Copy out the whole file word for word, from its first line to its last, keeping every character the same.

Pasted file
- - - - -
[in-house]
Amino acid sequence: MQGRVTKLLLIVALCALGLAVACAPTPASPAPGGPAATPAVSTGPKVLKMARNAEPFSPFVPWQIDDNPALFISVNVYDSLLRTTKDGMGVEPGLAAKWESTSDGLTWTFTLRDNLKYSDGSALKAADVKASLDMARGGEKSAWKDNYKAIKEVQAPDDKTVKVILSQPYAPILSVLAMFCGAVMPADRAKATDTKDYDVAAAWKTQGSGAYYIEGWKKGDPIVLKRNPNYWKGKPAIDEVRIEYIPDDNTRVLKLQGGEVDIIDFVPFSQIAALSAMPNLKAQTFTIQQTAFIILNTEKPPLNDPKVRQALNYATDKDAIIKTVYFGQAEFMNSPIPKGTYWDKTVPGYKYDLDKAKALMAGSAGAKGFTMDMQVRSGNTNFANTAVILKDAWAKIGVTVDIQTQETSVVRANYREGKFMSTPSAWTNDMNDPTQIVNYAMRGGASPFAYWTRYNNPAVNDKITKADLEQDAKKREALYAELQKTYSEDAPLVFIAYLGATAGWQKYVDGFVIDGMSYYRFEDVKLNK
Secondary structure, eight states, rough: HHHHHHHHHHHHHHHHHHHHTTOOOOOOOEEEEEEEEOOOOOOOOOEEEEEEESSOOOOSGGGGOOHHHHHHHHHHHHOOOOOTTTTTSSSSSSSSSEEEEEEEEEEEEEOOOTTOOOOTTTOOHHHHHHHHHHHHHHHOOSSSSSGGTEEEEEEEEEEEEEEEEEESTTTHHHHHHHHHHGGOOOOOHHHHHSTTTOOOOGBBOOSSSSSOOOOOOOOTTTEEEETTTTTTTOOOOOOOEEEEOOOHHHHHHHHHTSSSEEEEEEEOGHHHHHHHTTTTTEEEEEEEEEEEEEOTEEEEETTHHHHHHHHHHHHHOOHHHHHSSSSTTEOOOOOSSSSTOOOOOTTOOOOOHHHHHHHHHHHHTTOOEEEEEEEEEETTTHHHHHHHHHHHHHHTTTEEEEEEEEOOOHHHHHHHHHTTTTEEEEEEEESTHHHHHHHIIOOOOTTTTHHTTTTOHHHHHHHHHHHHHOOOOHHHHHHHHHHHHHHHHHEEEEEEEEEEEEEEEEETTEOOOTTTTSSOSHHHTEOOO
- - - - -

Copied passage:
[in-house]
Amino acid sequence: MQGRVTKLLLIVALCALGLAVACAPTPASPAPGGPAATPAVSTGPKVLKMARNAEPFSPFVPWQIDDNPALFISVNVYDSLLRTTKDGMGVEPGLAAKWESTSDGLTWTFTLRDNLKYSDGSALKAADVKASLDMARGGEKSAWKDNYKAIKEVQAPDDKTVKVILSQPYAPILSVLAMFCGAVMPADRAKATDTKDYDVAAAWKTQGSGAYYIEGWKKGDPIVLKRNPNYWKGKPAIDEVRIEYIPDDNTRVLKLQGGEVDIIDFVPFSQIAALSAMPNLKAQTFTIQQTAFIILNTEKPPLNDPKVRQALNYATDKDAIIKTVYFGQAEFMNSPIPKGTYWDKTVPGYKYDLDKAKALMAGSAGAKGFTMDMQVRSGNTNFANTAVILKDAWAKIGVTVDIQTQETSVVRANYREGKFMSTPSAWTNDMNDPTQIVNYAMRGGASPFAYWTRYNNPAVNDKITKADLEQDAKKREALYAELQKTYSEDAPLVFIAYLGATAGWQKYVDGFVIDGMSYYRFEDVKLNK
Secondary structure, eight states, rough: HHHHHHHHHHHHHHHHHHHHTTOOOOOOOEEEEEEEEOOOOOOOOOEEEEEEESSOOOOSGGGGOOHHHHHHHHHHHHOOOOOTTTTTSSSSSSSSSEEEEEEEEEEEEEOOOTTOOOOTTTOOHHHHHHHHHHHHHHHOOSSSSSGGTEEEEEEEEEEEEEEEEEESTTTHHHHHHHHHHGGOOOOOHHHHHSTTTOOOOGBBOOSSSSSOOOOOOOOTTTEEEETTTTTTTOOOOOOOEEEEOOOHHHHHHHHHTSSSEEEEEEEOGHHHHHHHTTTTTEEEEEEEEEEEEEOTEEEEETTHHHHHHHHHHHHHOOHHHHHSSSSTTEOOOOOSSSSTOOOOOTTOOOOOHHHHHHHHHHHHTTOOEEEEEEEEEETTTHHHHHHHHHHHHHHTTTEEEEEEEEOOOHHHHHHHHHTTTTEEEEEEEESTHHHHHHHIIOOOOTTTTHHTTTTOHHHHHHHHHHHHHOOOOHHHHHHHHHHHHHHHHHEEEEEEEEEEEEEEEEETTEOOOTTTTSSOSHHHTEOOO